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Using Indiangrass in Wildlife Plantings

Chris Bridges

Few plants are as characteristic of a certain type of wildlife habitat as the native warm season grasses are for prairies. While many of us in the Southeast only see small glimpses of scattered remnants of this important ecosystem, the sight of native grass seed heads in the late summer and fall remind us of the important features of these grasses and the types of sites upon which they can be found. Of our native grasses, indiangrass is an excellent plant to use in wildlife habitat improvement projects, field borders or other sites that require a drought-tolerant plant that provides a variety of benefits for wildlife species, including quail, turkey, rabbits and deer.

What Makes Indiangrass an Excellent Native Grass?


At first sight, several of the most important native warm season grasses resemble common introduced or invasive grasses. When I was learning to identify these grasses, I sometimes had a hard time distinguishing native switchgrass from the invasive weed johnsongrass, given the similarity in seed heads formed by these grasses and the height that they reach. However, indiangrass is most easily identified by the golden seed head formed in late summer and early fall, as well as the unique ligule pattern noted when examining the leaves. This plant reaches four to eight feet tall at maturity and the leaves often have a slightly blueish green color.

When I notice indiangrass growing in wild, I often try to take note of the soils and sites it is found on. Often I can find it growing on dry hillsides, poor roadside soils or other sites in which it is able to outcompete other vegetation. In years with below-average rainfall, indiangrass is especially noticeable. The deep root system of native prairie grasses likely help them to access scarce water better than other plant types.

However, the true value of indiangrass and other native warm season grasses lies in their ability to provide nesting cover for many different species of birds, including quail and other game birds. Many researchers point to the decline of native prairie grasses in pastures and hayfields over the past century as one of the contributing factors to the decline of quail. As fescue and improved cool season forages expanded, the amount of native grassland on many farms decreased along with nesting sites and escape cover for many bird species. However, many universities, state wildlife agencies and conservation organizations have collaborated in the past decade to improve native warm season grassland habitat on private lands.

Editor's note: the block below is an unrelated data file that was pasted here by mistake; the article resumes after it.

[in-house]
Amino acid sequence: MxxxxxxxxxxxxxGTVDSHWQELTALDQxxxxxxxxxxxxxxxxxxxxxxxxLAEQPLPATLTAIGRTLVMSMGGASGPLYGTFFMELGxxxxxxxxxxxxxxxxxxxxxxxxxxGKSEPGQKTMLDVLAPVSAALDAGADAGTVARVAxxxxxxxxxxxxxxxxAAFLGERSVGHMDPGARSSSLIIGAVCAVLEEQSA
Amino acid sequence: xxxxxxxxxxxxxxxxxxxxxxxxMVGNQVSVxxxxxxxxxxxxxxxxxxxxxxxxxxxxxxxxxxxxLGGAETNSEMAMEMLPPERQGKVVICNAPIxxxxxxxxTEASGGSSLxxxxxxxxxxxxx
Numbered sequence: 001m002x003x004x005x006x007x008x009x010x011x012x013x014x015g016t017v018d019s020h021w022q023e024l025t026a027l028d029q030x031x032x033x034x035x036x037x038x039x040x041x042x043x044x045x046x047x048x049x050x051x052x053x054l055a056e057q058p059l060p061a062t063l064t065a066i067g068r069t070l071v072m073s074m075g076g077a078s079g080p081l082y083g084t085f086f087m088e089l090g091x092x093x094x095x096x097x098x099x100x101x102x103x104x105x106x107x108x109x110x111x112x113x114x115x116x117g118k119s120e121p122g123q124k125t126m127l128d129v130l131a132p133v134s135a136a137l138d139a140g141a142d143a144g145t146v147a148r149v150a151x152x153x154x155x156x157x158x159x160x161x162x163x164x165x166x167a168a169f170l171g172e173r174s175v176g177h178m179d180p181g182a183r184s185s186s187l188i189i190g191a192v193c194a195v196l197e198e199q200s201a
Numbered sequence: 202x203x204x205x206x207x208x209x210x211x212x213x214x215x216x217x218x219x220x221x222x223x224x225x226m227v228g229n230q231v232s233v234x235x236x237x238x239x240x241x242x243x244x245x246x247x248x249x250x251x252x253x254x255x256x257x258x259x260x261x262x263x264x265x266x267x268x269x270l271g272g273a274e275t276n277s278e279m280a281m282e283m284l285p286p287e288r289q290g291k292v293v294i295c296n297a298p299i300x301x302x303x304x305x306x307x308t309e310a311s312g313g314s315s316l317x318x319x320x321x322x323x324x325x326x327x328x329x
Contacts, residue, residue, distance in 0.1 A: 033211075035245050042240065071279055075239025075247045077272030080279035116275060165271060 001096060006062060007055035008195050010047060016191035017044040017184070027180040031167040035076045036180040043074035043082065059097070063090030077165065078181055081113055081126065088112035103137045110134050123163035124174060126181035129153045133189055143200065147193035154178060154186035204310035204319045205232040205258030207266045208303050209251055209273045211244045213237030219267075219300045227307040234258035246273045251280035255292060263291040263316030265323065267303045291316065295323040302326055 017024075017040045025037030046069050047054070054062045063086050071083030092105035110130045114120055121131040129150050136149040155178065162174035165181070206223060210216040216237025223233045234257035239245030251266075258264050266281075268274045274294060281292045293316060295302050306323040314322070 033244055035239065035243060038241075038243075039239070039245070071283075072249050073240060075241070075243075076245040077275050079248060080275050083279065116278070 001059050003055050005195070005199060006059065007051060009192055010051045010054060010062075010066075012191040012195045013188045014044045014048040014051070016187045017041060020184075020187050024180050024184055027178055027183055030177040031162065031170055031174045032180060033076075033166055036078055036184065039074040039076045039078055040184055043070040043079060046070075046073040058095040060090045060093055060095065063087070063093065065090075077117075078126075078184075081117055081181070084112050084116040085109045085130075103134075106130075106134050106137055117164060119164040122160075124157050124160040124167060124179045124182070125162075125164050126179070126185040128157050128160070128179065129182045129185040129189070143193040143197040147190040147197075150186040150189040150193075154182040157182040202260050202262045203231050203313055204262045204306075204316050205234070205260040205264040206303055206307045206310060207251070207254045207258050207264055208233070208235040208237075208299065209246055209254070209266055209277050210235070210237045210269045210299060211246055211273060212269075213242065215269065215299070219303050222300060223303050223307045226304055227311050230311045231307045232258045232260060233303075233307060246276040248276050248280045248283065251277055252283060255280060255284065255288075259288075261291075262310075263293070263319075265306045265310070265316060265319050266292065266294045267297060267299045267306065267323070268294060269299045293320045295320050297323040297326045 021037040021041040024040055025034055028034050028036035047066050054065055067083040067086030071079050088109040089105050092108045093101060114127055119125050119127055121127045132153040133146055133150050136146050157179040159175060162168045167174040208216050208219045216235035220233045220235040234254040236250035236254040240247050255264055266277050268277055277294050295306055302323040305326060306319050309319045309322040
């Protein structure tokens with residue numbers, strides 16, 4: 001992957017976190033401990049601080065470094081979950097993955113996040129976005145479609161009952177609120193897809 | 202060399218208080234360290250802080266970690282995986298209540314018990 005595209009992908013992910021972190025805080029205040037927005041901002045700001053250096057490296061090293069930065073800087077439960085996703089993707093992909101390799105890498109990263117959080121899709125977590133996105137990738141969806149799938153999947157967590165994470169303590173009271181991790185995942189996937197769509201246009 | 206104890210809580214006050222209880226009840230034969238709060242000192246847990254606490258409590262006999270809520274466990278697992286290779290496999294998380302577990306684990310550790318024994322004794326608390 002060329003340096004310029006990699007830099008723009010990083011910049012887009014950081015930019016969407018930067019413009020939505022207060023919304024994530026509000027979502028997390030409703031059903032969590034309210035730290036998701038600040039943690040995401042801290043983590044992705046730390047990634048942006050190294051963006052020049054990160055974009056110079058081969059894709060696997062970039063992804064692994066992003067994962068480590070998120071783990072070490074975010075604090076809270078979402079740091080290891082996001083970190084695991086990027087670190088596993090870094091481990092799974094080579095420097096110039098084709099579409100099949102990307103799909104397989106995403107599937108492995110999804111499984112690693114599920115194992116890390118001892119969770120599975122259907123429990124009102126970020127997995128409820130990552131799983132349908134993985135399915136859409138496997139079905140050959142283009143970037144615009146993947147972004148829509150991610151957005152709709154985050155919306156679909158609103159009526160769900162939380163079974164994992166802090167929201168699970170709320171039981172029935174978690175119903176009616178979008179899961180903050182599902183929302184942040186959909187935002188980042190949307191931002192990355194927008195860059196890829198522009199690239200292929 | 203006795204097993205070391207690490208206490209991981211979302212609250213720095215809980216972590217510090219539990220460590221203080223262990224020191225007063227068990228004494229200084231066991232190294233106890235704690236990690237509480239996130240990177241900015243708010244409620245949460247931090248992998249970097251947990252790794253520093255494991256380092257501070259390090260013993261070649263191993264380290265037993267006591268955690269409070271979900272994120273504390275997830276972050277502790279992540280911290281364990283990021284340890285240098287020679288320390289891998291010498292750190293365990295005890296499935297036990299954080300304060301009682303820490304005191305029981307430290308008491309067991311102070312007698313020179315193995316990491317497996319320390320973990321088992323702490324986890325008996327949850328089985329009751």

Improving Habitat with Indiangrass

indian grass

Mossy Oak's Nativ Nurseries sells Indiangrass plugs.

As wildlife biologists and grassland managers have recognized the role that native grasses play in providing nesting cover for upland game birds, opportunities for landowners to incorporate indiangrass into wildlife habitat management plans have increased. Most importantly, simply learning to recognize this species in remnant stands where it already exists can help to preserve the genetic diversity of prairie remnants. By identifying small existing stands and avoiding herbicide application and mowing, patches can be expanded, especially along roadways and field margins.

In addition to identifying and promoting existing stands, there are many opportunities to plant indiangrass or other native prairie species around the farm or hunting sites. Like many of our native warm season species, periodic prescribed burning or other means or competition control can help it to expand. Indiangrass can also be planted from seed. However, extensive preparation is necessary to be successful in stand establishment. Stands can be slow to start from seed, so competition control is vital for the first two years after planting.

As an alternative to planting from seed, many native plant nurseries have started offering indiangrass plugs that allow for more rapid stand establishment. Obviously setting out plants with more established root systems will help them to overcome competing vegetation more quickly. Though this might be difficult on large acreages, the establishment of indiangrass stands can contribute to any upland wildlife habitat improvement project. Additionally, many different varieties are currently available from nurseries. These range from varieties that have been selected for aesthetic qualities such as leaf color to ecotypes that are genetically well-adapted to certain regions of the country. Using genetic materials that matches local climate and site conditions can be a huge advantage for upland habitat improvement, especially considering the aggressive growth associated with many invasive species that must be addressed.

As you travel the highways and country roads this fall, take note of the amber seed heads of indiangrass that remain scattered across the landscape. These small patches are limited, but they represent a species that contributes a lot to soil erosion control and upland wildlife habitat. Indiangrass occupies soils that may be too droughty or poor for other grasses. This can be valuable information when developing a plan to improve upland habitat quality on your own property. When selecting a native grassland species for your projects, consider indiangrass due to its hardiness, drought-tolerance and for the benefits that it provides to many different species of wildlife.

Read More: Assessment of Native Warm Season Grasses

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